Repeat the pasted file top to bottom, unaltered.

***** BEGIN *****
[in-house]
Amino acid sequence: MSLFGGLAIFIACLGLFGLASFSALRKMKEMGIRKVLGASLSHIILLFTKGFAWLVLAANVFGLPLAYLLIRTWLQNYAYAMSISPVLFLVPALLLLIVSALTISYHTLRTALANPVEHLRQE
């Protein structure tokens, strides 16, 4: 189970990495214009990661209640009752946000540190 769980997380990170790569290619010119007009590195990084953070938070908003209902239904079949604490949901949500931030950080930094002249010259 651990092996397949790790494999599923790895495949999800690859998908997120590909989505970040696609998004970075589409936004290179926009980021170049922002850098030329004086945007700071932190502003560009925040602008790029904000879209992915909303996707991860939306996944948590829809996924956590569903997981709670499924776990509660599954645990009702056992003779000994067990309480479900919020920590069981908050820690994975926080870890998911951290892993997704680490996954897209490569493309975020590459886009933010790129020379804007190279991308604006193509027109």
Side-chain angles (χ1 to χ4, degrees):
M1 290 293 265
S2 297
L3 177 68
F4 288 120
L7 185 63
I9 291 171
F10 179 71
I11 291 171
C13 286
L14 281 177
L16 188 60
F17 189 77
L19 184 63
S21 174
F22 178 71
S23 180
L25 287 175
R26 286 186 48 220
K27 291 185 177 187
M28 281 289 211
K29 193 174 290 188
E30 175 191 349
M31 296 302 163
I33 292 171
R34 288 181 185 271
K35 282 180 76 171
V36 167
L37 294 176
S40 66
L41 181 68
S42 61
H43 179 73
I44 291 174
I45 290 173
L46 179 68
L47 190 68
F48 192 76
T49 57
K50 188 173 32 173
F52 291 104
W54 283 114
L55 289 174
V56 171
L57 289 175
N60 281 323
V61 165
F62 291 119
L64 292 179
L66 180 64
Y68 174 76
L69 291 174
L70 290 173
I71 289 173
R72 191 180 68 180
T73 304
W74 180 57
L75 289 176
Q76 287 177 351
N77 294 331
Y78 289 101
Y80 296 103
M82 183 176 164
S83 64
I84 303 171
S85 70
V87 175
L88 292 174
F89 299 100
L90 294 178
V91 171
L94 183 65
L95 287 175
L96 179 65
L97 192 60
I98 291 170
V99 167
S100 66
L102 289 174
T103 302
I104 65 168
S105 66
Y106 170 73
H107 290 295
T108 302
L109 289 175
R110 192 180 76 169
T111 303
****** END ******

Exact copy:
[in-house]
Amino acid sequence: MSLFGGLAIFIACLGLFGLASFSALRKMKEMGIRKVLGASLSHIILLFTKGFAWLVLAANVFGLPLAYLLIRTWLQNYAYAMSISPVLFLVPALLLLIVSALTISYHTLRTALANPVEHLRQE
């Protein structure tokens, strides 16, 4: 189970990495214009990661209640009752946000540190 769980997380990170790569290619010119007009590195990084953070938070908003209902239904079949604490949901949500931030950080930094002249010259 651990092996397949790790494999599923790895495949999800690859998908997120590909989505970040696609998004970075589409936004290179926009980021170049922002850098030329004086945007700071932190502003560009925040602008790029904000879209992915909303996707991860939306996944948590829809996924956590569903997981709670499924776990509660599954645990009702056992003779000994067990309480479900919020920590069981908050820690994975926080870890998911951290892993997704680490996954897209490569493309975020590459886009933010790129020379804007190279991308604006193509027109």
Side-chain angles (χ1 to χ4, degrees):
M1 290 293 265
S2 297
L3 177 68
F4 288 120
L7 185 63
I9 291 171
F10 179 71
I11 291 171
C13 286
L14 281 177
L16 188 60
F17 189 77
L19 184 63
S21 174
F22 178 71
S23 180
L25 287 175
R26 286 186 48 220
K27 291 185 177 187
M28 281 289 211
K29 193 174 290 188
E30 175 191 349
M31 296 302 163
I33 292 171
R34 288 181 185 271
K35 282 180 76 171
V36 167
L37 294 176
S40 66
L41 181 68
S42 61
H43 179 73
I44 291 174
I45 290 173
L46 179 68
L47 190 68
F48 192 76
T49 57
K50 188 173 32 173
F52 291 104
W54 283 114
L55 289 174
V56 171
L57 289 175
N60 281 323
V61 165
F62 291 119
L64 292 179
L66 180 64
Y68 174 76
L69 291 174
L70 290 173
I71 289 173
R72 191 180 68 180
T73 304
W74 180 57
L75 289 176
Q76 287 177 351
N77 294 331
Y78 289 101
Y80 296 103
M82 183 176 164
S83 64
I84 303 171
S85 70
V87 175
L88 292 174
F89 299 100
L90 294 178
V91 171
L94 183 65
L95 287 175
L96 179 65
L97 192 60
I98 291 170
V99 167
S100 66
L102 289 174
T103 302
I104 65 168
S105 66
Y106 170 73
H107 290 295
T108 302
L109 289 175
R110 192 180 76 169
T111 303